Role of testers: Testers write and update the test automation scripts and also monitor the results. They also discuss the feedback on test cases provided by product owners to prioritise some critical cases first for automation. This continuous feedback system enables better test coverage for the project and contributes towards the overall success of the project.
We’ve looked at why, who and how to strategise test automation and cultivate a test automation culture. Next, it’s important to consider the test automation pyramid, comparing traditional, agile and DevOps.
Understanding the test automation pyramid and its impact
If we write tests at a very granular level, it prevents defects when integrating components together. Writing tests at code level is called unit testing. This is mainly done by developers. They write tests for verifying functions, etc. A higher unit test coverage helps the success of projects in the long run. Ideally we should have unit tests written for all important functionality.
Unit tests form the base of the test pyramid. Traditional models used to have less unit test coverage, thereby increasing test automation costs later.
Service level tests/acceptance tests
Writing tests for the API layer and backend functionality also helps project quality. If automated tests are passing at this level, then testers don’t need to write tests for the UI level. We should have good coverage here also.
End-to-end tests should be less in number and should cover critical user journeys only, for example creating a blog content type from the backend and verifying that all its components appear on the frontend.
Testers should make sure to write minimal cases for UI because UI tests are lengthy and take time to write. For example, if I need to place an order on a website, I need to select the product first, then add that to the cart, then go to the checkout. This process seems lengthy. If such a kind of testing is done at the service level, for example hitting the checkout API by passing the product ID and checking the response, it would save time.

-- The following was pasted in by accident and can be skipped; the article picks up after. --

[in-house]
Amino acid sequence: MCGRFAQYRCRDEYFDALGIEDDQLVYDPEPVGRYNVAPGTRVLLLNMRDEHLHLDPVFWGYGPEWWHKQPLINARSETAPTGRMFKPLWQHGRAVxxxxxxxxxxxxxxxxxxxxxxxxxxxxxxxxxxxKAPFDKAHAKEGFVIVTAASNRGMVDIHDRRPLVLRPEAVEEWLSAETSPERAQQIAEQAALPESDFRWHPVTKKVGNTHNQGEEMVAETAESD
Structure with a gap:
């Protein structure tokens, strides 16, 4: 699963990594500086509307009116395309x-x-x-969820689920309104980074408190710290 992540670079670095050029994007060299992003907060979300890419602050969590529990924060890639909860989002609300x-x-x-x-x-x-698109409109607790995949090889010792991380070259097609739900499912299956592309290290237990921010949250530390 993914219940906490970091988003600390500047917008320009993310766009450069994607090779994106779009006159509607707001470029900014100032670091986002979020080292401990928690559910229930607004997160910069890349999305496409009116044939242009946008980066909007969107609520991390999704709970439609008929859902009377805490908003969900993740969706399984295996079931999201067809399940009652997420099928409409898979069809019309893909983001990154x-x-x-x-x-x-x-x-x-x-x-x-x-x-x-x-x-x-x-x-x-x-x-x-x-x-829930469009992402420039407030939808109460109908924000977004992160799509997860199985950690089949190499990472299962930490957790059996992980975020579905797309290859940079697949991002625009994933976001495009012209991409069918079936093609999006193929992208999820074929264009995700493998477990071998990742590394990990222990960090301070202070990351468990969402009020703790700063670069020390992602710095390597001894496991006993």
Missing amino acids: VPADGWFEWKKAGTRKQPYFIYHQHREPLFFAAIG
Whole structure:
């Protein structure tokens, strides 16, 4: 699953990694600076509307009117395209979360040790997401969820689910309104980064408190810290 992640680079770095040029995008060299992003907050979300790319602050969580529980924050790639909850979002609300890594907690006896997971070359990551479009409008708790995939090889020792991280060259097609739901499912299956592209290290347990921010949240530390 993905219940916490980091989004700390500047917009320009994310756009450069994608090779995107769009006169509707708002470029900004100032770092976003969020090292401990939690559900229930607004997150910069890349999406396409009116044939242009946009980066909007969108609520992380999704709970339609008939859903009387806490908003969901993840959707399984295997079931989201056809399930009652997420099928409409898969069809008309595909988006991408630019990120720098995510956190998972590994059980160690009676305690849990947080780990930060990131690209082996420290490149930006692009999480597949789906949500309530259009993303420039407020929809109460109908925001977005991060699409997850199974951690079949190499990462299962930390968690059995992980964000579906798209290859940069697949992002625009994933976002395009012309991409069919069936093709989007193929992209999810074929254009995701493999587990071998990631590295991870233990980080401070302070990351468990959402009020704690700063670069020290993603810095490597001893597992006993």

Some tips and tricks for test frameworks
UI locator strategy: Having good locators on the document object model (DOM) helps the tester to write unique locators for each element in their test automation framework. If every locator has a different ID or CSS class, that will help the tester write an efficient Xpath.
Seams: Seams are how we use the system’s implementation to help build more streamlined and reliable automated tests. Seams can be APIs, mocks, stubs, or faked dependencies of your real system. Accessing the URL parameter directly is also a seam.
For example, we have a test to check a particular product. Instead of writing tests for searching the product we can directly hit the product URL in our tests. This helps speed up our test automation process.
Choosing the right tooling for test automation
We’ve covered various aspects around strategy for the automation test process. Tool selection is also very important when creating a test strategy.
For unit tests, code needs to be written inside the project repository along with modules. This will mostly be done in the programming language used for creating that module.
Service level tests are mostly written by testers. If we have dedicated automation testers they can use code-based tools like rest-assured, which will give them more flexibility in writing tests. If we have testers with less programming knowledge we need to keep in mind that they’ll need to invest time in learning the language and framework as well. Tools like and are helpful on that front.
For UI-level tests we have both coded and non-coded frameworks. The former is more extensible but has a learning curve for newbie testers. Non-coded frameworks are easy to use but cannot be extended or modified much.
Strategies for an efficient test automation framework